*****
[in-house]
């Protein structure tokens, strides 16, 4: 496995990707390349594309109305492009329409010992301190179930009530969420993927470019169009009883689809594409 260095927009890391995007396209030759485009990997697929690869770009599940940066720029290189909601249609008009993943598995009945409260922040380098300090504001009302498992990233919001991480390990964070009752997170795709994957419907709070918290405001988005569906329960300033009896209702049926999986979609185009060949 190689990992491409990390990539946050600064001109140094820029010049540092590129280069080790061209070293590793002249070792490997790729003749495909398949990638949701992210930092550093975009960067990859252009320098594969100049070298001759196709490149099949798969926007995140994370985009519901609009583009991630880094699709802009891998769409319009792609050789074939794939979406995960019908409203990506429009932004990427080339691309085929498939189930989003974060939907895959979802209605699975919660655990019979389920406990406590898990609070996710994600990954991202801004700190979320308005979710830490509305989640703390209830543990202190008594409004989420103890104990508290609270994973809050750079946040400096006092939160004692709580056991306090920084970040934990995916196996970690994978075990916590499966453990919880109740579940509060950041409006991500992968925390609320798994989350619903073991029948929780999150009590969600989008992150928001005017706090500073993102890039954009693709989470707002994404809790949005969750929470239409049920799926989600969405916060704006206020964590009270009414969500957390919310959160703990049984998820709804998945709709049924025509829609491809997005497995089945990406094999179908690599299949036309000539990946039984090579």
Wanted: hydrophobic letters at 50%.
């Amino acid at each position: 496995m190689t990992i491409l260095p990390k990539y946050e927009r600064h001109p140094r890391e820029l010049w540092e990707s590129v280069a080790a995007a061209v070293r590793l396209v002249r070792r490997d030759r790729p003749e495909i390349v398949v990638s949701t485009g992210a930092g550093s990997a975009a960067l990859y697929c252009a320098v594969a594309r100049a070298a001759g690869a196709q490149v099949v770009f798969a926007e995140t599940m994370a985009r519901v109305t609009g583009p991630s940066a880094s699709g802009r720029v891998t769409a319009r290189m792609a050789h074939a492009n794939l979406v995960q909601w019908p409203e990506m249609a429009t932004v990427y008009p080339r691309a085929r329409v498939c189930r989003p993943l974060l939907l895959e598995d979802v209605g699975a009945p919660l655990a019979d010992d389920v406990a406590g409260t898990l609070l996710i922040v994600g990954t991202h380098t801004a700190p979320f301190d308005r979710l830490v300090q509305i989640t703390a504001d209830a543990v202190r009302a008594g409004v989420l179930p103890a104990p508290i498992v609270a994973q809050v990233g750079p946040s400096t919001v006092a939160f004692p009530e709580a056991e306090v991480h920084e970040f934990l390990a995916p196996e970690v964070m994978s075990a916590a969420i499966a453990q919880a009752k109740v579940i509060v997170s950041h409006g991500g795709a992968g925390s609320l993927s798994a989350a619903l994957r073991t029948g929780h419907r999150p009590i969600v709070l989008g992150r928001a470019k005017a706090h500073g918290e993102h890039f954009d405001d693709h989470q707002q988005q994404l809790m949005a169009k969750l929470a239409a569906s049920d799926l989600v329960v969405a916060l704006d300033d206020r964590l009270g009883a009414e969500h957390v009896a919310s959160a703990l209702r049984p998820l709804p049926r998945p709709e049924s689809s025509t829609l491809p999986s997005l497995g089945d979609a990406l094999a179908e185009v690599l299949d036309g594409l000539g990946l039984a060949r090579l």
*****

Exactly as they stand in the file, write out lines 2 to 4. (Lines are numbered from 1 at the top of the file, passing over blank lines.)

């Protein structure tokens, strides 16, 4: 496995990707390349594309109305492009329409010992301190179930009530969420993927470019169009009883689809594409 260095927009890391995007396209030759485009990997697929690869770009599940940066720029290189909601249609008009993943598995009945409260922040380098300090504001009302498992990233919001991480390990964070009752997170795709994957419907709070918290405001988005569906329960300033009896209702049926999986979609185009060949 190689990992491409990390990539946050600064001109140094820029010049540092590129280069080790061209070293590793002249070792490997790729003749495909398949990638949701992210930092550093975009960067990859252009320098594969100049070298001759196709490149099949798969926007995140994370985009519901609009583009991630880094699709802009891998769409319009792609050789074939794939979406995960019908409203990506429009932004990427080339691309085929498939189930989003974060939907895959979802209605699975919660655990019979389920406990406590898990609070996710994600990954991202801004700190979320308005979710830490509305989640703390209830543990202190008594409004989420103890104990508290609270994973809050750079946040400096006092939160004692709580056991306090920084970040934990995916196996970690994978075990916590499966453990919880109740579940509060950041409006991500992968925390609320798994989350619903073991029948929780999150009590969600989008992150928001005017706090500073993102890039954009693709989470707002994404809790949005969750929470239409049920799926989600969405916060704006206020964590009270009414969500957390919310959160703990049984998820709804998945709709049924025509829609491809997005497995089945990406094999179908690599299949036309000539990946039984090579």
Wanted: hydrophobic letters at 50%.
């Amino acid at each position: 496995m190689t990992i491409l260095p990390k990539y946050e927009r600064h001109p140094r890391e820029l010049w540092e990707s590129v280069a080790a995007a061209v070293r590793l396209v002249r070792r490997d030759r790729p003749e495909i390349v398949v990638s949701t485009g992210a930092g550093s990997a975009a960067l990859y697929c252009a320098v594969a594309r100049a070298a001759g690869a196709q490149v099949v770009f798969a926007e995140t599940m994370a985009r519901v109305t609009g583009p991630s940066a880094s699709g802009r720029v891998t769409a319009r290189m792609a050789h074939a492009n794939l979406v995960q909601w019908p409203e990506m249609a429009t932004v990427y008009p080339r691309a085929r329409v498939c189930r989003p993943l974060l939907l895959e598995d979802v209605g699975a009945p919660l655990a019979d010992d389920v406990a406590g409260t898990l609070l996710i922040v994600g990954t991202h380098t801004a700190p979320f301190d308005r979710l830490v300090q509305i989640t703390a504001d209830a543990v202190r009302a008594g409004v989420l179930p103890a104990p508290i498992v609270a994973q809050v990233g750079p946040s400096t919001v006092a939160f004692p009530e709580a056991e306090v991480h920084e970040f934990l390990a995916p196996e970690v964070m994978s075990a916590a969420i499966a453990q919880a009752k109740v579940i509060v997170s950041h409006g991500g795709a992968g925390s609320l993927s798994a989350a619903l994957r073991t029948g929780h419907r999150p009590i969600v709070l989008g992150r928001a470019k005017a706090h500073g918290e993102h890039f954009d405001d693709h989470q707002q988005q994404l809790m949005a169009k969750l929470a239409a569906s049920d799926l989600v329960v969405a916060l704006d300033d206020r964590l009270g009883a009414e969500h957390v009896a919310s959160a703990l209702r049984p998820l709804p049926r998945p709709e049924s689809s025509t829609l491809p999986s997005l497995g089945d979609a990406l094999a179908e185009v690599l299949d036309g594409l000539g990946l039984a060949r090579l």